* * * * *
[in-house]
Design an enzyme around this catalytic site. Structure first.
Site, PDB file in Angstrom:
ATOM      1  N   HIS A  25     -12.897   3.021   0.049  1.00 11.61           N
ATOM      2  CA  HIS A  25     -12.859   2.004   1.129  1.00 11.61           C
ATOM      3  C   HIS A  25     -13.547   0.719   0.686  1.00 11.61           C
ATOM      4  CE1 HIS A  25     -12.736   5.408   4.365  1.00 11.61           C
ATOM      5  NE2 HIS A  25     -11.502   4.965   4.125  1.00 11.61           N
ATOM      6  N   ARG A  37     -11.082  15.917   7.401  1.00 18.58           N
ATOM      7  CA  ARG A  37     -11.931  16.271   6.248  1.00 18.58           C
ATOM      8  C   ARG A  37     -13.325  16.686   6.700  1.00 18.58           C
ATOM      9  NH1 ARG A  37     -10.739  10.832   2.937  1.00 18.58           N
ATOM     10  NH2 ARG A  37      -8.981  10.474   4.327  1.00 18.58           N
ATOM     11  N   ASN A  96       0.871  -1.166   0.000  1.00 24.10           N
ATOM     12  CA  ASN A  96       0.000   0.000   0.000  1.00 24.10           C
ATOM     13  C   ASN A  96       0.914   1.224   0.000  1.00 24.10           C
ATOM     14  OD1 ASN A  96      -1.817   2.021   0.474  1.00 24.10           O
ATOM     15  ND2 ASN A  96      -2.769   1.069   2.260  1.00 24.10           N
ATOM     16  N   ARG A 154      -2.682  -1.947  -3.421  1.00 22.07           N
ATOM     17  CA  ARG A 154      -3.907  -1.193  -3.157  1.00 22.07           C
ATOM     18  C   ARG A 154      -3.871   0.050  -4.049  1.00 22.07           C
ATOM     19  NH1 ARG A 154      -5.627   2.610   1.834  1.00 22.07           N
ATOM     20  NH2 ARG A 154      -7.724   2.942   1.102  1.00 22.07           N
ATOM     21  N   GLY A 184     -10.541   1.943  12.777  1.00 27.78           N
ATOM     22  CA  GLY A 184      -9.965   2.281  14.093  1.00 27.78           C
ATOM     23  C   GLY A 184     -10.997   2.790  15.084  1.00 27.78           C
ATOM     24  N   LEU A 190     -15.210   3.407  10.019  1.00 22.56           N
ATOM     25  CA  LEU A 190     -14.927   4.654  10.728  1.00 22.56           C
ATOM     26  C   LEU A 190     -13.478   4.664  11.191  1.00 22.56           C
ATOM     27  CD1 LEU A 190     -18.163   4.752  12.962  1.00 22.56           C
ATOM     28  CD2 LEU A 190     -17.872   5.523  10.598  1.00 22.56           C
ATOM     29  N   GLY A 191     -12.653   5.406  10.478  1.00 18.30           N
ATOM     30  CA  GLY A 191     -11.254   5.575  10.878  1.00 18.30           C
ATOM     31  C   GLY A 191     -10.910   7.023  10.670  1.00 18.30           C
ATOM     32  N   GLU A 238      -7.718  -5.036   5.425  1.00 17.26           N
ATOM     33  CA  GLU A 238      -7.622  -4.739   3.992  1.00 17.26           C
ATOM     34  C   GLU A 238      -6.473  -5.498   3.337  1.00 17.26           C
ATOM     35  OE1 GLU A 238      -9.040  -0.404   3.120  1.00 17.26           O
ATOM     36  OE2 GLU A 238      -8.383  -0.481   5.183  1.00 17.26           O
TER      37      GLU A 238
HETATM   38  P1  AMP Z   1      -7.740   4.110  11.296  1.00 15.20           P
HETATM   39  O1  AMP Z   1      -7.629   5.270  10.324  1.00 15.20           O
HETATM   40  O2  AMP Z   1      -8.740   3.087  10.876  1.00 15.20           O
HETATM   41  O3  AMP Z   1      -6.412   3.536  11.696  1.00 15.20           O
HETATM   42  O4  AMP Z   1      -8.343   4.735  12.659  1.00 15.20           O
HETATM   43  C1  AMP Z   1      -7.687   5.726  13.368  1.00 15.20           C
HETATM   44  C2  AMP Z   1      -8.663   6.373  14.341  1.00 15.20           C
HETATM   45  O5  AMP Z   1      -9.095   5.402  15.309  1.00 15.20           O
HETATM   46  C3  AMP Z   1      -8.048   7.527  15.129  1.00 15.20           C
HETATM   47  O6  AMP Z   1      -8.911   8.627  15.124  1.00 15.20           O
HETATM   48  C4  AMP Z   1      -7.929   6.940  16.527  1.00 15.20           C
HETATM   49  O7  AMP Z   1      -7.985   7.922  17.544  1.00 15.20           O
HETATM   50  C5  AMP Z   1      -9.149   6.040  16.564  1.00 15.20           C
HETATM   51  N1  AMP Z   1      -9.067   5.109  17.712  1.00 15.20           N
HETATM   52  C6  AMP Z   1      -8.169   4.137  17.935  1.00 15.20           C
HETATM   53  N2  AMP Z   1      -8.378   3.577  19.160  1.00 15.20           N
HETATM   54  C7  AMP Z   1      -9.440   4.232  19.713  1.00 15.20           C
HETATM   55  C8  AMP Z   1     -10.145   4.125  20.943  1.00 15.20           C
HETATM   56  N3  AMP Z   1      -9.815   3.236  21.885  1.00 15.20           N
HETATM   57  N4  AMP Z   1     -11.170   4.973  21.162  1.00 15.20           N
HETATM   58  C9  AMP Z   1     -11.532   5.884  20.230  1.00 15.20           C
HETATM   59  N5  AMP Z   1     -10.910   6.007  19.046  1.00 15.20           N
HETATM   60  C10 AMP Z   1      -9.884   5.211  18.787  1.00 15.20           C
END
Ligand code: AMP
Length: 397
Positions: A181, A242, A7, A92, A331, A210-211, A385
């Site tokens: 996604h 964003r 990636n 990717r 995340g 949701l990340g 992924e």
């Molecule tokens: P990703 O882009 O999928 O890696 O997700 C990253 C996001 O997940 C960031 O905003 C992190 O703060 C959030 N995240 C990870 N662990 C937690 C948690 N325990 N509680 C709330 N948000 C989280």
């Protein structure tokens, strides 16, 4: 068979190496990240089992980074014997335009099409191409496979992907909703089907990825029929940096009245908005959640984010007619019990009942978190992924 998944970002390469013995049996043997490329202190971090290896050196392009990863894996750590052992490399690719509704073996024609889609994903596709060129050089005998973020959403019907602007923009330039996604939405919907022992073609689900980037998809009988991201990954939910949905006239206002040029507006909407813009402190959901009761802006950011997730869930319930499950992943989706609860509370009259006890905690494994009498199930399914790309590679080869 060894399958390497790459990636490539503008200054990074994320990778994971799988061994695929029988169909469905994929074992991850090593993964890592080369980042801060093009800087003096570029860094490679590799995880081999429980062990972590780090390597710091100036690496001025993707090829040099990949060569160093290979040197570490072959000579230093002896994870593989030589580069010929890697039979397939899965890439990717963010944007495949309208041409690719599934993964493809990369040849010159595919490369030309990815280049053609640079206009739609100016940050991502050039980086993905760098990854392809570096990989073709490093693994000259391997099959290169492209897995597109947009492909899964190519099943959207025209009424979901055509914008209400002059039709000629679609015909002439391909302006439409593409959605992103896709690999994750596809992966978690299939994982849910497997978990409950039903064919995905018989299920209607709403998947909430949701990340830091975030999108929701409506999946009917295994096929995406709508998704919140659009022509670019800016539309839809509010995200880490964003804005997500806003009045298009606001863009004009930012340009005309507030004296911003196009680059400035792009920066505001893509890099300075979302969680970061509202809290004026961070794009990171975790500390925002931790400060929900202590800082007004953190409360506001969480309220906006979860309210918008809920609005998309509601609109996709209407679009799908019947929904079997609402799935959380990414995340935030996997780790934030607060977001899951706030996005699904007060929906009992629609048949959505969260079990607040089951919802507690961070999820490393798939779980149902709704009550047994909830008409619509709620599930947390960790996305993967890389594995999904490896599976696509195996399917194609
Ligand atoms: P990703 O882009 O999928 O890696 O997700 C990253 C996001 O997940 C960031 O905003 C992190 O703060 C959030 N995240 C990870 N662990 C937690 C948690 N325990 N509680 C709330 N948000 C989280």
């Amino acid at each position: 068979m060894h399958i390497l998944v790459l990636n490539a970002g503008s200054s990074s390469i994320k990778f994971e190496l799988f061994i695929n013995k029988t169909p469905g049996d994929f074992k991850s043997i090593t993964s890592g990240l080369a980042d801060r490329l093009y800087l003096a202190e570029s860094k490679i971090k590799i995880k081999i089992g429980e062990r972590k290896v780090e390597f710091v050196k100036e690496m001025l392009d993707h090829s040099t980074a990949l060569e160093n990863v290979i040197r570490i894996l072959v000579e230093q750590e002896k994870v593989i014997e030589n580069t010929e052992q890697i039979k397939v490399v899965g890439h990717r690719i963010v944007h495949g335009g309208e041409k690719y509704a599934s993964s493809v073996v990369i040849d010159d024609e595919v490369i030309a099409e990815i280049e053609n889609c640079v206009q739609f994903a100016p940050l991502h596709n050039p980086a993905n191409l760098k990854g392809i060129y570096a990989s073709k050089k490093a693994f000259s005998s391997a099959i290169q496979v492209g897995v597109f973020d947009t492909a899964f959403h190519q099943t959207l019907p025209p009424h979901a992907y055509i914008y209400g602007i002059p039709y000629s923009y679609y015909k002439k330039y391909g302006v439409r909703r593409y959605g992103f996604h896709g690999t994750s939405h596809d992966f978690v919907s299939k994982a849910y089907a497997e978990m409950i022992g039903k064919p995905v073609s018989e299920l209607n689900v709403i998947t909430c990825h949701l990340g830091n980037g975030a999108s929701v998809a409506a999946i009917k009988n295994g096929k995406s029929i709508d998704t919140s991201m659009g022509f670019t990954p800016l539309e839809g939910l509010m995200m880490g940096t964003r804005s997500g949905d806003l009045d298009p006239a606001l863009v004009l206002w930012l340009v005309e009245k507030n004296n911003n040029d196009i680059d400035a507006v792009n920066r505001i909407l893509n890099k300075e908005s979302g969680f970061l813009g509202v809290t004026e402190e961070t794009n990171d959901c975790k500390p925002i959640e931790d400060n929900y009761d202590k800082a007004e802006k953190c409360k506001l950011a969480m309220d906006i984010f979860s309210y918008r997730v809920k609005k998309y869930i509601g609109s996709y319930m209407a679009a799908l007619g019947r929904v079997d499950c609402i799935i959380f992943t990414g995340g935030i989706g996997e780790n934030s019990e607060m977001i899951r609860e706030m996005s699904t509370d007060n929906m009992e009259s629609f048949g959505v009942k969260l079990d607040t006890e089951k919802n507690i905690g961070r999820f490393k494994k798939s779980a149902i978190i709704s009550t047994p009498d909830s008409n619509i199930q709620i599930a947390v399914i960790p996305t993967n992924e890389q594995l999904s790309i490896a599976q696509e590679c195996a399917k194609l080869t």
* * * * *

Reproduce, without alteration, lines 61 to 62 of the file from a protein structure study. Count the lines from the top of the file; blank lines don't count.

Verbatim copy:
HETATM   58  C9  AMP Z   1     -11.532   5.884  20.230  1.00 15.20           C
HETATM   59  N5  AMP Z   1     -10.910   6.007  19.046  1.00 15.20           N